For European equity markets, the ECB’s action has fired up the engine. Europe was the best performer since the announcement, with the German DAX now up 9% year to date. Broad European equity markets have now broken the weak trend that has been in place since last summer. This will be driven by two factors besides QE: firstly, signs of a cyclical rebound in the European economy helped by a weaker euro and lower oil price; and secondly, investor positioning, as many investors have been heavily overweight US equities and neutral their European counterparts. Valuations of European companies are supportive and corporate competitiveness is improving. Earnings should benefit from euro depreciation as well as the impact of lower energy costs on consumers and many businesses.
US equities are no longer cheap but the US economy has put the crisis behind it albeit economic data continues to be inconsistent but the direction of travel is clear. Although the market is relatively expensive, favourable economic fundamentals continue to support a steady uptrend in corporate earnings. Share buybacks provide a further return for investors.
In the Spring, the UK market will be dominated by the general election on May 7th. The result of the election is impossible to call but it seems inevitable that another coalition or similar will be required to form a Government. Markets hate uncertainty and that is what we are facing. At the last general election the UK market reacted negatively prior to the election and the reality is that we must be ready to endure that again. The UK market had a fairly dull 2014 overall but on closer examination the dispersion of performance between companies was immense and the value of a good active manager clear to see. The oil price, fall in energy prices and supermarket wars will effectively put a little bit of unexpected cash in consumers wallets. The impact of all this may result in periods of deflation but this is not seen as a negative. All in all this should have a positive benefit for UK companies albeit exports to our main trading region, Europe, have got more expensive. I am hopeful that earnings for UK listed companies will improve and the UK will have a satisfactory year.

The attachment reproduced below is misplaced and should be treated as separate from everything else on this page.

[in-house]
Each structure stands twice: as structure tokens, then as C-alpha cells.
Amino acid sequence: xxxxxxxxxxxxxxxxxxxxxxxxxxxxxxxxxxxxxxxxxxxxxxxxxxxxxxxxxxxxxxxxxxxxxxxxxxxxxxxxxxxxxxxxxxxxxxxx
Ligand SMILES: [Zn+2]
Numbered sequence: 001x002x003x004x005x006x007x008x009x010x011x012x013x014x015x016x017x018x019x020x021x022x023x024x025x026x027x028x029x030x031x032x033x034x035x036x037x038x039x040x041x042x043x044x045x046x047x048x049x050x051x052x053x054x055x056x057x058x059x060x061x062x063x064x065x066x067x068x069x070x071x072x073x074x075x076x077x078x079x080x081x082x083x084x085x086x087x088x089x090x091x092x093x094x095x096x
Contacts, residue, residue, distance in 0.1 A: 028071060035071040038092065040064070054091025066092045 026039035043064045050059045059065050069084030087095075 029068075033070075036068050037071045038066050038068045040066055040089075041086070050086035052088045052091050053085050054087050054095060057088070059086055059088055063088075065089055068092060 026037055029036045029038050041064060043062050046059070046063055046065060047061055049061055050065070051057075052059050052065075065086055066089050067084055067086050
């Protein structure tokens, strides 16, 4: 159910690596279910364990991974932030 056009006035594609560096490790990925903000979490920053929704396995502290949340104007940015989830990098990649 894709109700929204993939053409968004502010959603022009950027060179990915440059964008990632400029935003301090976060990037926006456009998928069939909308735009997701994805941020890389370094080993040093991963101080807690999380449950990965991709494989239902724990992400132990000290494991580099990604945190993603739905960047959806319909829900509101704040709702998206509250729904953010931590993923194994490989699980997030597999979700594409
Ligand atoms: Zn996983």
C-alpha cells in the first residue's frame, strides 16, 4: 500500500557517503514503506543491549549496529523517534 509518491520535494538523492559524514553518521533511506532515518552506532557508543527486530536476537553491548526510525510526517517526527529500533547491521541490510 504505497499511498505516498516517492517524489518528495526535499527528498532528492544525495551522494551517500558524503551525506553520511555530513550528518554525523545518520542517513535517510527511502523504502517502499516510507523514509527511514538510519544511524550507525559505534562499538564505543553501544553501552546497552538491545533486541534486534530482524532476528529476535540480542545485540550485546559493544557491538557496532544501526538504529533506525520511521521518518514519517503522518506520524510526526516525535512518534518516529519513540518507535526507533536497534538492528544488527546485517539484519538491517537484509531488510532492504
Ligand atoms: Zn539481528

In Emerging Markets performance is increasingly divergent; while some countries benefit from strong domestic fundamentals, particularly India, others are under pressure from politics, current account deficits and tighter policy to stabilise depreciating exchange rates.We are neutral on emerging markets, which generally underperform during periods of US dollar strength and continue to prefer a wider exposure to the Asian region.
January is a busy time for fund houses to present their views on the year ahead. The consensus is strong dollar, weak euro, oil price to remain low, strong property, challenging fixed income, equities to progress with Europe offering greatest potential and US likely to be first to raise interest rates but later than had been expected only a few months ago.